Some of our most trying moments in home learning arise when our child looks us in the eye with a forlorn stare that tells us they are struggling with a problem. The weight of responsibility can feel overwhelming. Our parental instincts move us to rush to our child’s aid and provide whatever comfort they need. But when it’s a math problem that has them stuck, we might lack the knowledge or confidence ourselves to provide the necessary support.
What are we to do?
Thankfully, there are some simple steps that every parent can take to help your child through moments of difficulty, whatever your level of expertise in math. These steps will give you the peace of mind that you are doing everything you can to help your child learn and develop.
A caveat: as you well know, every child is unique. Nobody knows your child better than you do so treat these points as general guidelines. How you interpret and apply this advice depends very much on your child’s specific needs and preferences.
1. Foster a growth mindset
There’s lots of research that shows that students learn more when they believe that they are in control of their intelligence – that hard work will make them smarter. This is called a ‘growth mindset’. The opposite is a ‘fixed mindset’, which is where students believe that no matter how hard they work, their intelligence is fixed. As a parent, you can foster a growth mindset by praising and rewarding your child for their effort rather than their ‘ability’.
2. Compare learning to exercise
A great way to foster a growth mindset is to remind your child that the brain is a muscle, and that learning is simply exercise for the brain! When your child struggles, or makes a mistake, it just means they are working their brain that little bit harder. Just like with physical exercise, when learning feels tough it’s a good indication that we are pushing ourselves to reach another level.
3. Provide scaffolded support…but not the answer
As parents we have to resist that urge to just give our child the answer. It takes skill and patience to not jump in right away, especially when the answer might seem obvious to us. A more effective approach is to give your child a prompt – a hint or clue that still gives them a chance of solving the problem for themselves. They will feel so much more satisfied for achieving the breakthrough rather than having it handed to them, and their understanding of the problem will also be stronger as a result.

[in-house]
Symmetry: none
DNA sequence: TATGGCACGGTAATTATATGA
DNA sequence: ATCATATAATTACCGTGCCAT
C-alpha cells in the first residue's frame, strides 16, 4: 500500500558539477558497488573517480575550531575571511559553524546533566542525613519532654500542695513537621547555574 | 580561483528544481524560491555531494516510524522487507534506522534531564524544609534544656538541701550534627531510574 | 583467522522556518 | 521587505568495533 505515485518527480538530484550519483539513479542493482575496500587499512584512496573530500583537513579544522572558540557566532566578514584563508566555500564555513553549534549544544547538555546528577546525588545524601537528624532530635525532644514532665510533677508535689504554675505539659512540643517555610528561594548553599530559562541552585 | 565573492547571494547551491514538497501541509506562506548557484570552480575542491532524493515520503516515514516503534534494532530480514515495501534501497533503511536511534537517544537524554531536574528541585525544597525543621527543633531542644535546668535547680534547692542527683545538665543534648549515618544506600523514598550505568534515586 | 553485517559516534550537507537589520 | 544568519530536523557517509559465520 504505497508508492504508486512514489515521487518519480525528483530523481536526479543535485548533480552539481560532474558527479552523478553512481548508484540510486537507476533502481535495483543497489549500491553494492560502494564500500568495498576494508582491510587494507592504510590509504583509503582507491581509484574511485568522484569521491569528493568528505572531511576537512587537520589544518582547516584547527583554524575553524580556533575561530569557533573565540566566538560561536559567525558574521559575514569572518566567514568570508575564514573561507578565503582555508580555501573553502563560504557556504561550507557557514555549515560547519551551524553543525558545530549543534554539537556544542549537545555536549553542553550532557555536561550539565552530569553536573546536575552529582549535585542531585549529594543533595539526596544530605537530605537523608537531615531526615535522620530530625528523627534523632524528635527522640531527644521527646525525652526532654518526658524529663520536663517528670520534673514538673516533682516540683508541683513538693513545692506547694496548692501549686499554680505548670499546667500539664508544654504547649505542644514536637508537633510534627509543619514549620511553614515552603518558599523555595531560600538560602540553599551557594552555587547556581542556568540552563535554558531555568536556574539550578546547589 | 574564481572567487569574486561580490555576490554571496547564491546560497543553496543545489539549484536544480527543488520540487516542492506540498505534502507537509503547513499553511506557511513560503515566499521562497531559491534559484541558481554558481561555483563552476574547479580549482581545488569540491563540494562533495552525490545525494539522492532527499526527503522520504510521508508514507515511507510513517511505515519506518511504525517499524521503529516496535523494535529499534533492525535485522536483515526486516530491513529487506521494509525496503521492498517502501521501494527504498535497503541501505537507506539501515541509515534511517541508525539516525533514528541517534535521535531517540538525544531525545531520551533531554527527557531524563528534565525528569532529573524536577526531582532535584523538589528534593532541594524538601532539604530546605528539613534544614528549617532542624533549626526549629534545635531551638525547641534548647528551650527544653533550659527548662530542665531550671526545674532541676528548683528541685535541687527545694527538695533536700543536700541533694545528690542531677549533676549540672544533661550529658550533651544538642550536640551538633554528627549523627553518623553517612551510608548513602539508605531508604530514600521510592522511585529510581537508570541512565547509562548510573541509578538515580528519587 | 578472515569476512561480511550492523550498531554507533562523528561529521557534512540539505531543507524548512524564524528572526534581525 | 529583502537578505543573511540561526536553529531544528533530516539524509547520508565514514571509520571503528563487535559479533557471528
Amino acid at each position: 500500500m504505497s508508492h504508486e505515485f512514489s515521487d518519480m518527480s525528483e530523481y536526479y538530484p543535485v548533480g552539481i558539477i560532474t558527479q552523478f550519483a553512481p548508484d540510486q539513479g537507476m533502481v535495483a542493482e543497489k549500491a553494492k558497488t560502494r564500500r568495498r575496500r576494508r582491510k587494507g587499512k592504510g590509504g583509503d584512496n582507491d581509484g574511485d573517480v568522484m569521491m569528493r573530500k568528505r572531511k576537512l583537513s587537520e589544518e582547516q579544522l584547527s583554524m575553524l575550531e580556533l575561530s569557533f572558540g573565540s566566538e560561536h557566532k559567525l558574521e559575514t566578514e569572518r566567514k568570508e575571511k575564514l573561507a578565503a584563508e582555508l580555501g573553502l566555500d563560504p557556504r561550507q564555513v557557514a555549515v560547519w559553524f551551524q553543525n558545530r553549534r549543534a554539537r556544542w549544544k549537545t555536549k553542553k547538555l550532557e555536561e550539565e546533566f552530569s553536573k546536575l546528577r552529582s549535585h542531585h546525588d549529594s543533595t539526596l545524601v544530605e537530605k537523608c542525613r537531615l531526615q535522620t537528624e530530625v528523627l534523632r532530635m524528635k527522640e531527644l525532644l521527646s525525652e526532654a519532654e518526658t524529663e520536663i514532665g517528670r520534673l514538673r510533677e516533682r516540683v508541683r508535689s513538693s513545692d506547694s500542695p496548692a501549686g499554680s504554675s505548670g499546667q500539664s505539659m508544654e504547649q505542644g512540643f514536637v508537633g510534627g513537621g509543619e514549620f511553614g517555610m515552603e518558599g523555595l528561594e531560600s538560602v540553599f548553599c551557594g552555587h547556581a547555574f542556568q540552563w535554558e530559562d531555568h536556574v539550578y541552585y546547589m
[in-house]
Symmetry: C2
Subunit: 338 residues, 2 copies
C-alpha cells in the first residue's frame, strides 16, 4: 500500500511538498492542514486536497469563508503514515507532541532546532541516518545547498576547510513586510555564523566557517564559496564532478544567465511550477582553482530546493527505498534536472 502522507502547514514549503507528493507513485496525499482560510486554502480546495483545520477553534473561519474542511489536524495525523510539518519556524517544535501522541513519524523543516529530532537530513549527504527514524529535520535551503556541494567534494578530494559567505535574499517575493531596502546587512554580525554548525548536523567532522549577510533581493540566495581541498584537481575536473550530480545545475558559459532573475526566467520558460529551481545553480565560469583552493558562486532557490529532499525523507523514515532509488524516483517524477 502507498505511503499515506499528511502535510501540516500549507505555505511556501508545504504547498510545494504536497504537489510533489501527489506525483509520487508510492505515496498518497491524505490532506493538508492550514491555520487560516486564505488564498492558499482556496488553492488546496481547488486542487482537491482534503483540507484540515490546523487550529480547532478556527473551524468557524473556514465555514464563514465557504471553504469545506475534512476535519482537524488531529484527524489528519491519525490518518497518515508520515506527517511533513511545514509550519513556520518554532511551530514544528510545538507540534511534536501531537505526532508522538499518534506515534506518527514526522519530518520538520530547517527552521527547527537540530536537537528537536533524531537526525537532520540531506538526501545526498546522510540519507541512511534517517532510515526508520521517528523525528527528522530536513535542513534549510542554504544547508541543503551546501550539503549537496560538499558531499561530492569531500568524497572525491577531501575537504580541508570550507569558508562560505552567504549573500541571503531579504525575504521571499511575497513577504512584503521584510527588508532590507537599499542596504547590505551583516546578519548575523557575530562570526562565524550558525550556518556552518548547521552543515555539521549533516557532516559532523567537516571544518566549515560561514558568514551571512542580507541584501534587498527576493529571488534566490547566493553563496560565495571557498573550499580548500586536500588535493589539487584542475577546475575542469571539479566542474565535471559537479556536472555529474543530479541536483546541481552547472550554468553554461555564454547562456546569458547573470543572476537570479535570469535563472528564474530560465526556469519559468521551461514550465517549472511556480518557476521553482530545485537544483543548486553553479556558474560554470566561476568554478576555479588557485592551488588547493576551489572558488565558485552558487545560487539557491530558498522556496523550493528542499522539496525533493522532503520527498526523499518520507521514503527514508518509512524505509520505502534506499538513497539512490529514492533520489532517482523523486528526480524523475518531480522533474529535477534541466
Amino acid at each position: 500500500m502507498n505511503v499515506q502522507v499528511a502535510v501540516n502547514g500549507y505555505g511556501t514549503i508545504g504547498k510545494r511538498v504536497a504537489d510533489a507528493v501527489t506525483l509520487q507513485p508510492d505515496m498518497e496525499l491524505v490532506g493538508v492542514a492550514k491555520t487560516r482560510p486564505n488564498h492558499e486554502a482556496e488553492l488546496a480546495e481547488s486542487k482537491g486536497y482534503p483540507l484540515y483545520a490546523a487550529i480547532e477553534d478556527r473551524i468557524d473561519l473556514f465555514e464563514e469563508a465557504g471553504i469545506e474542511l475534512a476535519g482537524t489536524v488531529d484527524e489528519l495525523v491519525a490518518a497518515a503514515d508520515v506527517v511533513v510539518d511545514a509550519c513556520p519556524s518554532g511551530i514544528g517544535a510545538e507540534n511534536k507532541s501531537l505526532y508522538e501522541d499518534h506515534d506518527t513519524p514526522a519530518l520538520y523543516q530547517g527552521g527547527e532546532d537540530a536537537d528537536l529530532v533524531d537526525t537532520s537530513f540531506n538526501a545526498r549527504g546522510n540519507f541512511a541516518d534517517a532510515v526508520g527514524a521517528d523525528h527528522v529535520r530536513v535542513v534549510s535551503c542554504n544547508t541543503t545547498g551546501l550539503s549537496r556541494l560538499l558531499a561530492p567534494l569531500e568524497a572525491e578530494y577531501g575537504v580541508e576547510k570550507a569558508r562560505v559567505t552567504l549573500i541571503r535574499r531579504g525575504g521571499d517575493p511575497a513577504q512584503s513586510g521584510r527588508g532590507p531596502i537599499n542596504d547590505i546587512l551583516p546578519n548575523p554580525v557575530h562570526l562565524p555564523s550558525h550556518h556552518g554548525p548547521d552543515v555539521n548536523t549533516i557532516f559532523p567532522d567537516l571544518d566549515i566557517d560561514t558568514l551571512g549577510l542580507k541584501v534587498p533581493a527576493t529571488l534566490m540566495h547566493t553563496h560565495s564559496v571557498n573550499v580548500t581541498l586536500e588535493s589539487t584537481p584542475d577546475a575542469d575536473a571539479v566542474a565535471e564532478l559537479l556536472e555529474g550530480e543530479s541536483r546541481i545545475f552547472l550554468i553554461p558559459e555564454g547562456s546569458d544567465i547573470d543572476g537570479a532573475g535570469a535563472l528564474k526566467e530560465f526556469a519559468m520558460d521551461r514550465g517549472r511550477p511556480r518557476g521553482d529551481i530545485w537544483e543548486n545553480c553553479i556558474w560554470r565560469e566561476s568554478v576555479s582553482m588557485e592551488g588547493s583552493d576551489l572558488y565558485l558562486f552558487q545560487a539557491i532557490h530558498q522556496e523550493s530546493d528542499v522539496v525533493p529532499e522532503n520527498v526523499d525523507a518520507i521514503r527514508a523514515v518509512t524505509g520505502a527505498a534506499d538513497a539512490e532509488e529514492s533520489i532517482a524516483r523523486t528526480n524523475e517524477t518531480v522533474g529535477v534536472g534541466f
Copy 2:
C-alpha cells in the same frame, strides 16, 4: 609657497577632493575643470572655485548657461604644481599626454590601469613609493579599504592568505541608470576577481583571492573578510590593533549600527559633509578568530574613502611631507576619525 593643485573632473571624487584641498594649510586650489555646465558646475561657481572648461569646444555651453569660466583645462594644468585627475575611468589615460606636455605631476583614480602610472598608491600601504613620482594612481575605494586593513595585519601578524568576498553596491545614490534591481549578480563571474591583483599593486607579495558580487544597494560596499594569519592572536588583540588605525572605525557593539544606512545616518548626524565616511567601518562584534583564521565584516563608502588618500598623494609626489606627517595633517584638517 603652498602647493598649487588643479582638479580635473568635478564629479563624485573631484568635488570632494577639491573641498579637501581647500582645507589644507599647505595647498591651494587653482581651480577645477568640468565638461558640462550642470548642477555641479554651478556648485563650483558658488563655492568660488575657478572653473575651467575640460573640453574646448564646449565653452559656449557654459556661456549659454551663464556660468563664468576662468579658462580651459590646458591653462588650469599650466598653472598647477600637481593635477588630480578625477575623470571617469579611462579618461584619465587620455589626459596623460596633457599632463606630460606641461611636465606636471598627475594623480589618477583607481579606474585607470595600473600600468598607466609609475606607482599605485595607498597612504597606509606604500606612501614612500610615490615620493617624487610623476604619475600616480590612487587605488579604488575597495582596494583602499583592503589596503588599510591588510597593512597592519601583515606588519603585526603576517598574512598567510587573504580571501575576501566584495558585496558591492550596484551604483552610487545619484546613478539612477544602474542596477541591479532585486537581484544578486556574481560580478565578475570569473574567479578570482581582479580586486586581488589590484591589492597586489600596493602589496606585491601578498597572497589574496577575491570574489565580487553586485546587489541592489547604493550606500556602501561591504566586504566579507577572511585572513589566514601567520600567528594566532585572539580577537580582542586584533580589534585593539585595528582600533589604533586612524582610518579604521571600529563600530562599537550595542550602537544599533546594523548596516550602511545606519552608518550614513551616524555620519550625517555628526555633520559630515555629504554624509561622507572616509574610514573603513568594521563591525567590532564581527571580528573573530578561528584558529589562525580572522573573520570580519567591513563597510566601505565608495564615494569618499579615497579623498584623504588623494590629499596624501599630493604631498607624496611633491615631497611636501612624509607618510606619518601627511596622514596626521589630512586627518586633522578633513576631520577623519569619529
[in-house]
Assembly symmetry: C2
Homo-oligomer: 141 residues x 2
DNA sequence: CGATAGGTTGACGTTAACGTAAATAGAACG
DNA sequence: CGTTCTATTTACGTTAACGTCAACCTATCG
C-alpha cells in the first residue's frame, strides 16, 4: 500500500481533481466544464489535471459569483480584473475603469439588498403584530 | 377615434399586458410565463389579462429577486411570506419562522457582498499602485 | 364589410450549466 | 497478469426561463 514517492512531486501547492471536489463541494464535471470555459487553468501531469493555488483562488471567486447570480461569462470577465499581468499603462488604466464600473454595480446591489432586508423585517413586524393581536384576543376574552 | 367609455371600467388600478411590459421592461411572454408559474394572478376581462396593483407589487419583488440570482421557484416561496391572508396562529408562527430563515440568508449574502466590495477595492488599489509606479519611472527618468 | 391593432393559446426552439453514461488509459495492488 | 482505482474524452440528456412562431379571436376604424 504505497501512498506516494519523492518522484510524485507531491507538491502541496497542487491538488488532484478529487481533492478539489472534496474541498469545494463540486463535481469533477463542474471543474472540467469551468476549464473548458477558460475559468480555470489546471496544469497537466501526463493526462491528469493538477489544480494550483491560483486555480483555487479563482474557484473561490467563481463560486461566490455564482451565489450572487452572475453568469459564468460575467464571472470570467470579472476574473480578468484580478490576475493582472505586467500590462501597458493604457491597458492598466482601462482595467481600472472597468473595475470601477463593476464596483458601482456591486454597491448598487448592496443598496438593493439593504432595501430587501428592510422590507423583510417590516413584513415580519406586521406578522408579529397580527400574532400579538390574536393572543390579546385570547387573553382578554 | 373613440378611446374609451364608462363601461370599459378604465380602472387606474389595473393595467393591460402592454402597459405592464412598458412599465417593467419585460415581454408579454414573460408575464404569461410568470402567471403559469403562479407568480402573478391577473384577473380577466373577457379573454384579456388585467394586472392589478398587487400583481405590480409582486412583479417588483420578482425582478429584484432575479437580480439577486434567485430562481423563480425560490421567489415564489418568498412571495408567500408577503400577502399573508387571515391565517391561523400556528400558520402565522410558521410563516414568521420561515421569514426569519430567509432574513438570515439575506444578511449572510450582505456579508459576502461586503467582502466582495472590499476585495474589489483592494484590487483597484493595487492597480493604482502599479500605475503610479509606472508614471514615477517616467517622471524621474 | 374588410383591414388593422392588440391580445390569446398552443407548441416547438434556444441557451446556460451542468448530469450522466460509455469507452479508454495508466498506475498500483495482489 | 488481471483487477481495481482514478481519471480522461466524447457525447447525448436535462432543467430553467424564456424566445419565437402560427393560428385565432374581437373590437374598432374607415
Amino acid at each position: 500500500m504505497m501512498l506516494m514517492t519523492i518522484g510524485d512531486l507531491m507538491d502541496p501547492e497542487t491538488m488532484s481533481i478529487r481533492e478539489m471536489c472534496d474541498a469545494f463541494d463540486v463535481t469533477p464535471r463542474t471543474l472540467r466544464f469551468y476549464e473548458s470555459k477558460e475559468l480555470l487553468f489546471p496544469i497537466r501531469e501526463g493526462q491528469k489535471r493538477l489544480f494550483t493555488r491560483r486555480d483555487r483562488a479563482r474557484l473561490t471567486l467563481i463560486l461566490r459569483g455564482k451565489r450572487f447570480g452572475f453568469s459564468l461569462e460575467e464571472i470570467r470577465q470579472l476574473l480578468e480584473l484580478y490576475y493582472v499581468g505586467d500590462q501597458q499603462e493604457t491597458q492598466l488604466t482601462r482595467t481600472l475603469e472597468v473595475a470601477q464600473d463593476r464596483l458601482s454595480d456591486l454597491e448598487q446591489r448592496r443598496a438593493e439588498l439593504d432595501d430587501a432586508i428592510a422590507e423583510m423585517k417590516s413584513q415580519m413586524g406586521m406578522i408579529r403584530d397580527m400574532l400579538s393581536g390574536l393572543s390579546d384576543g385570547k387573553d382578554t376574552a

4. Come up with strategies together
If your child has a gap in their knowledge, you can discuss what options are available. The internet is usually just a few clicks away, although it is so vast that you might choose to focus on a few trusted resources. Don’t forget about good old-fashioned books! Maybe there’s also a friend or family member worth consulting. A problem shared is a problem halved, after all.
5. Sleep on it
Have you ever woken up in the middle of the night by recalling the name of an old friend or actor that you had spent so long the previous day trying to remember? It’s amazing how often we manage to solve a problem only after we’ve stopped paying attention to it. The human brain is remarkable; it works so hard throughout the day, thinking through things that we’re not even conscious of. So stepping away from a problem, or sleeping on it, gives our brain a chance to make more connections and come up with answers that initially escape us. Learning is not to be rushed!
6. Use a virtual tutor
A virtual tutor like Math-Whizz will automatically detect when your child is struggling, and it will highlight these areas to you as a parent. Not only that, the tutor will then choose lessons that are perfectly matched to your child’s needs at any given time – if they need to go back to recap a previous lesson or fill a knowledge gap, the tutor will direct them automatically.
We all want our child to grow up with grit and tenacity, to overcome whatever hurdles are placed in front of them. That is easier said than done at times and once again, only you know what works best for your child. We hope these suggestions give you some general, practical ideas on how you can help your child create powerful learning moments out of struggle.
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